Aqua balance

by Melissa Cameron & Stacey Dolliver

While balance concepts are frequently incorporated into classes at aquatic and fi tness facilities, they are often elements of the class, rather than the main focus. The ‘Aqua Balance’ program fuses the principles of existing wellbeing practices including tai chi/qi gong, yoga and Pilates, and explores their application in water through strength, core, stability and relaxation routines to music. Aqua Balance is designed to incorporate the physiological and psychological benefi ts of wellbeing practices with the benefits of aquatic exercise. In order for the concept to translate into a workable class format it was necessary to grasp an understanding of the theoretical background and key elements of each discipline.

By doing this, the inspiration was provided to create an energetic aqua exercise class with a wellbeing flavour.


Only selected components of tai chi, Pilates and yoga could be successfully integrated into the Aqua Balance class. The properties and principles of the aquatic environment – the removal of gravity and inclusion of buoyancy for example – dictated which elements could be eff ectively transferred. The breathing techniques and stability principles were the main elements appropriate to focus on for this style of class.

The tai chi influence encourages participants to concentrate on the flow of breath as it enters and exits the body, while simultaneously creating energy through movement. When performing the movement sequences, participants are encouraged to follow finger tips with their eye gaze to help calm the nervous system and aid mind-body connection.

The breathing and alignment principles of both yoga and Pilates have been integrated, forming the foundations of several movements to challenge balance and stability.

Principles of strength and conditioning training were also introduced to gain the maximum benefi t from the resistance of the water, i.e., the recruitment of core stabilisation muscles is required in order to remain balanced while performing movement patterns.

The ambience created by the water environment promotes a medium conducive to relaxation. Calm, flowing sequences have been used to capitalise on this.

While it is fantastic to incorporate a balance concept as the foundation of a class, it is important to also include a number of high intensity cardio tracks to keep participants warm and motivated, ensuring that they get the most out of the class. It is imperative to pay attention to the water temperature when structuring the class and deciding the order of the routines to music.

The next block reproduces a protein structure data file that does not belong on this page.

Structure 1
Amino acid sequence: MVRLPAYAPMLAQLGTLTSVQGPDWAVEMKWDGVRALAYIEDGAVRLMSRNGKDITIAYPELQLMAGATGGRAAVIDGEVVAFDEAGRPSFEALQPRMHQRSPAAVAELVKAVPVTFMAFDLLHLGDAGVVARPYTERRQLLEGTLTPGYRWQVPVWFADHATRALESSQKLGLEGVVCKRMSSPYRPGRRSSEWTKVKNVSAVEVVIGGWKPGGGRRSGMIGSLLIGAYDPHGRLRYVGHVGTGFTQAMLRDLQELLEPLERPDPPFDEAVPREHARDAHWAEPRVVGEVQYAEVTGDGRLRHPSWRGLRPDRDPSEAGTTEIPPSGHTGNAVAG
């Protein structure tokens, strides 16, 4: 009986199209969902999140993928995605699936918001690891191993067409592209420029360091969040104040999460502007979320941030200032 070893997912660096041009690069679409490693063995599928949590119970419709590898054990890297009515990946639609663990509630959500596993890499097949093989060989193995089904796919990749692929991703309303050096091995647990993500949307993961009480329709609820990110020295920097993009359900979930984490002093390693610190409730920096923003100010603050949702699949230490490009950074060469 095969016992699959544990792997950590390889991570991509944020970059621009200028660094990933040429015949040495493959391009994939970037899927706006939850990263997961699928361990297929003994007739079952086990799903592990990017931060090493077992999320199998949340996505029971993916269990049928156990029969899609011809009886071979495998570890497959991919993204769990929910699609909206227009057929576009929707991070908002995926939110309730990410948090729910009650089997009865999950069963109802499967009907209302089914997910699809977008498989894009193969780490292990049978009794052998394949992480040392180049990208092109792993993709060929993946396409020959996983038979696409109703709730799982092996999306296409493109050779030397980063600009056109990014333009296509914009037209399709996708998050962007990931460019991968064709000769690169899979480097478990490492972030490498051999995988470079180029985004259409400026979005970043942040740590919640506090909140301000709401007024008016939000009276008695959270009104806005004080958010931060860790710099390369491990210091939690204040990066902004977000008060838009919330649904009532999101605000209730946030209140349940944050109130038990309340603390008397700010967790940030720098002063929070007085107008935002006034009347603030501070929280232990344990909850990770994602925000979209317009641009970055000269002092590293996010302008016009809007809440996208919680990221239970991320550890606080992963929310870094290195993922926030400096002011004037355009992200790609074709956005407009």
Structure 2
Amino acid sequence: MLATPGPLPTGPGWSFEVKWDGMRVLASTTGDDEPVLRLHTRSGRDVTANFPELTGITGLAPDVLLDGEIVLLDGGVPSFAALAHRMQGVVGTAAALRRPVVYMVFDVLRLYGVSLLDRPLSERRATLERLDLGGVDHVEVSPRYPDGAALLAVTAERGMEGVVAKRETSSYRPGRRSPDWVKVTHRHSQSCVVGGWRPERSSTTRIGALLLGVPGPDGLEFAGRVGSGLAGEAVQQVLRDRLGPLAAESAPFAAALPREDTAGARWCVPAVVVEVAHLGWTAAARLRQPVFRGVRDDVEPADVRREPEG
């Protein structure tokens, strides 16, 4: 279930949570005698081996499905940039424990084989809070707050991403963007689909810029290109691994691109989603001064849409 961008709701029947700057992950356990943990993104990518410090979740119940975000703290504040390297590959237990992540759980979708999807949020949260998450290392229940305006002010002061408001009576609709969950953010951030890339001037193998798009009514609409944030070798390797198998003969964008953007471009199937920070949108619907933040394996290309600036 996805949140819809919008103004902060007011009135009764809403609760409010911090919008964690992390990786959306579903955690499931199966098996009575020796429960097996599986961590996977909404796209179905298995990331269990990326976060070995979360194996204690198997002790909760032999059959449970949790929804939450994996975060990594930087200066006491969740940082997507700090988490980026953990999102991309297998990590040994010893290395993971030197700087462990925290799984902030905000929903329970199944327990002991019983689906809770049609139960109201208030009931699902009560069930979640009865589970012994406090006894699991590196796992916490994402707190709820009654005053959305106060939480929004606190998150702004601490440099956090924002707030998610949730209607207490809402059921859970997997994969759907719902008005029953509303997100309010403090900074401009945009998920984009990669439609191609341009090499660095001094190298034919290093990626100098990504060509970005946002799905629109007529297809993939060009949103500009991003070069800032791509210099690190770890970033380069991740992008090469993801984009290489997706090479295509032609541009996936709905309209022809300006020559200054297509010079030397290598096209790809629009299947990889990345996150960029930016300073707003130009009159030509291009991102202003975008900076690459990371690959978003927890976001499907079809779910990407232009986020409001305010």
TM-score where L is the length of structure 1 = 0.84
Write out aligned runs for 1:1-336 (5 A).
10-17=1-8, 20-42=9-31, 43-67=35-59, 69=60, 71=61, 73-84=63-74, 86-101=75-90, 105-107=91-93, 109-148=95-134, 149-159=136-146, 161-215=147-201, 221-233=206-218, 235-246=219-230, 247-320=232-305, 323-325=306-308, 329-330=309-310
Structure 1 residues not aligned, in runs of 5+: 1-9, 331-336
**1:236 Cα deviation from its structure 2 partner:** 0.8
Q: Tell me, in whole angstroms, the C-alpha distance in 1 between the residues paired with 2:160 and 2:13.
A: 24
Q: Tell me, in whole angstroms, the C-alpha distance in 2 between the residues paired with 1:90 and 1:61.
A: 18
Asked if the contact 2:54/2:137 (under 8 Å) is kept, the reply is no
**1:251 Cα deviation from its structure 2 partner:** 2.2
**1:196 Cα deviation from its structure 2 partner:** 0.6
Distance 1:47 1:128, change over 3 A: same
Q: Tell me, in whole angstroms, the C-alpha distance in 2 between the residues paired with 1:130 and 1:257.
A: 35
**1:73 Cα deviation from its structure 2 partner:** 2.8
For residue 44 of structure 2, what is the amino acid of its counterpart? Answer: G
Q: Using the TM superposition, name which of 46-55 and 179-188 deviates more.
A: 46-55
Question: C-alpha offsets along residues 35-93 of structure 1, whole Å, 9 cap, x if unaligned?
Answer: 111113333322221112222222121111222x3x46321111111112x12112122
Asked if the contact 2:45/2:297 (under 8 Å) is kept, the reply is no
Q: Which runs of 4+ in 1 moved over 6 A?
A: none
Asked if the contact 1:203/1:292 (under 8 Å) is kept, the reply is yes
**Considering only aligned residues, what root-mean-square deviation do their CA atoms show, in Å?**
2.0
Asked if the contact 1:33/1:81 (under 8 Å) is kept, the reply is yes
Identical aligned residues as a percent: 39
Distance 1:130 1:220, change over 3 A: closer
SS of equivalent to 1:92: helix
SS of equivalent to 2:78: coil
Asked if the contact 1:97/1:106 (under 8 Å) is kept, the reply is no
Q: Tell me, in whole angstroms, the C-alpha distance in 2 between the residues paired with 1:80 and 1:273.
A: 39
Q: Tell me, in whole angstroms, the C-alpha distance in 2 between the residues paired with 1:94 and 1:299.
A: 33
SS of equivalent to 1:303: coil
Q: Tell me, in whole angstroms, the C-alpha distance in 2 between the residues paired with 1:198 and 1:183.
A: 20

The combination of these many elements provides the essence of Aqua Balance. Each style is used to compliment one another and provide a rounded and well balanced aqua exercise class.


The focus for this movement is to concentrate on the breathing. This is an exercise to enjoy and relax into, rather than moving through the water forcefully.

• Begin with a wide stance. Think about lengthening the body, relaxing the shoulders and ‘turning on’ core stabilising muscles (photo 1).

• While inhaling deeply, bring arms up to end position (photo 2).

• While exhaling, push arms forward together, with palms facing away and out to the sides to end position (photo 3).

• To fi nish off the movement pattern, bring arms back in to position shown in photo 2 and then push them back down to the starting position shown in photo 1.


Ask participants to imagine that they are holding onto a chi ball in front of them. As they move their arms through the water, they can keep their bodies facing the front or follow their arm with their head and body so that they are turning their upper body and getting a greater range of motion.

• Begin with a wide stance. Think about lengthening the body, relaxing the shoulders and imagine that you are holding a chi ball (photo 4).

• Scoop the top arm away from the body until it is stretched out to shoulder height (photo 5).

• To finish this movement, bring the arm that is out to the side back in and under, so that the other hand comes to the top of the imaginary chi ball, and then repeat on the other side.


This exercise provides participants with an opportunity to use the resistance of the water to challenge their upper body.